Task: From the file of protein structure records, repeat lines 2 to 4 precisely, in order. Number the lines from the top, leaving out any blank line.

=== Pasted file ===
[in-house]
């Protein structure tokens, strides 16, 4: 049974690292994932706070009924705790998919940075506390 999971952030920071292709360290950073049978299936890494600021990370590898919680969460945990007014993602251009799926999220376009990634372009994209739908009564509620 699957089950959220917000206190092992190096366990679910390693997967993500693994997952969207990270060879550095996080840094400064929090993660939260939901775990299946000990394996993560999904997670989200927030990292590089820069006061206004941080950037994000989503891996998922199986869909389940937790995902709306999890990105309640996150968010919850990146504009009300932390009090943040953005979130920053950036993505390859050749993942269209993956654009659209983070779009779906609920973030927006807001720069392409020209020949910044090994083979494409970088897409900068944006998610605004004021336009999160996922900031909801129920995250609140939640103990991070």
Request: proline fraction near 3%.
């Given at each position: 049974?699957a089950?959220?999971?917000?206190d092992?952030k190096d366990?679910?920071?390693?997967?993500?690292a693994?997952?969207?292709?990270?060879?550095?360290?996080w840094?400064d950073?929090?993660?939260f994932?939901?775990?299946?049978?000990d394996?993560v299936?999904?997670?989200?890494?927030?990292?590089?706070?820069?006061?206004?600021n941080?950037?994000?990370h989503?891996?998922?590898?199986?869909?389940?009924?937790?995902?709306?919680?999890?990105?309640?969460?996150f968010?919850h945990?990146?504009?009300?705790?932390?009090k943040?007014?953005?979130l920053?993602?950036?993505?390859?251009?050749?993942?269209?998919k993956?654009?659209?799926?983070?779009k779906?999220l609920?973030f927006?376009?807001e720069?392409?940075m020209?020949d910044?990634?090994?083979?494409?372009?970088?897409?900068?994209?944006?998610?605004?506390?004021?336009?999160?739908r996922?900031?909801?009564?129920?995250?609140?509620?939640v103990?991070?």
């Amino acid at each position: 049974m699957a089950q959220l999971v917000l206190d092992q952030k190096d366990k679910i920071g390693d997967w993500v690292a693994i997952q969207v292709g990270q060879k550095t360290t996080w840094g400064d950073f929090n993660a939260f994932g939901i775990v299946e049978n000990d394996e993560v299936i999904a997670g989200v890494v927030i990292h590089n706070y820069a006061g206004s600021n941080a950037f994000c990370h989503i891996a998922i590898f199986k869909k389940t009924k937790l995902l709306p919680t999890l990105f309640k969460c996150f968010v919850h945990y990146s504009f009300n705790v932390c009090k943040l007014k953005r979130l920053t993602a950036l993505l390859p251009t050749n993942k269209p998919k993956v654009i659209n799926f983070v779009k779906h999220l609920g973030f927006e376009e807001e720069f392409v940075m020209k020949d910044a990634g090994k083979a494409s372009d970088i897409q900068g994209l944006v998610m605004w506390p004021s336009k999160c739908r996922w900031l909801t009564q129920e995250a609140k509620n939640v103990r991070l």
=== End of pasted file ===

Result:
């Protein structure tokens, strides 16, 4: 049974690292994932706070009924705790998919940075506390 999971952030920071292709360290950073049978299936890494600021990370590898919680969460945990007014993602251009799926999220376009990634372009994209739908009564509620 699957089950959220917000206190092992190096366990679910390693997967993500693994997952969207990270060879550095996080840094400064929090993660939260939901775990299946000990394996993560999904997670989200927030990292590089820069006061206004941080950037994000989503891996998922199986869909389940937790995902709306999890990105309640996150968010919850990146504009009300932390009090943040953005979130920053950036993505390859050749993942269209993956654009659209983070779009779906609920973030927006807001720069392409020209020949910044090994083979494409970088897409900068944006998610605004004021336009999160996922900031909801129920995250609140939640103990991070």
Request: proline fraction near 3%.
């Given at each position: 049974?699957a089950?959220?999971?917000?206190d092992?952030k190096d366990?679910?920071?390693?997967?993500?690292a693994?997952?969207?292709?990270?060879?550095?360290?996080w840094?400064d950073?929090?993660?939260f994932?939901?775990?299946?049978?000990d394996?993560v299936?999904?997670?989200?890494?927030?990292?590089?706070?820069?006061?206004?600021n941080?950037?994000?990370h989503?891996?998922?590898?199986?869909?389940?009924?937790?995902?709306?919680?999890?990105?309640?969460?996150f968010?919850h945990?990146?504009?009300?705790?932390?009090k943040?007014?953005?979130l920053?993602?950036?993505?390859?251009?050749?993942?269209?998919k993956?654009?659209?799926?983070?779009k779906?999220l609920?973030f927006?376009?807001e720069?392409?940075m020209?020949d910044?990634?090994?083979?494409?372009?970088?897409?900068?994209?944006?998610?605004?506390?004021?336009?999160?739908r996922?900031?909801?009564?129920?995250?609140?509620?939640v103990?991070?």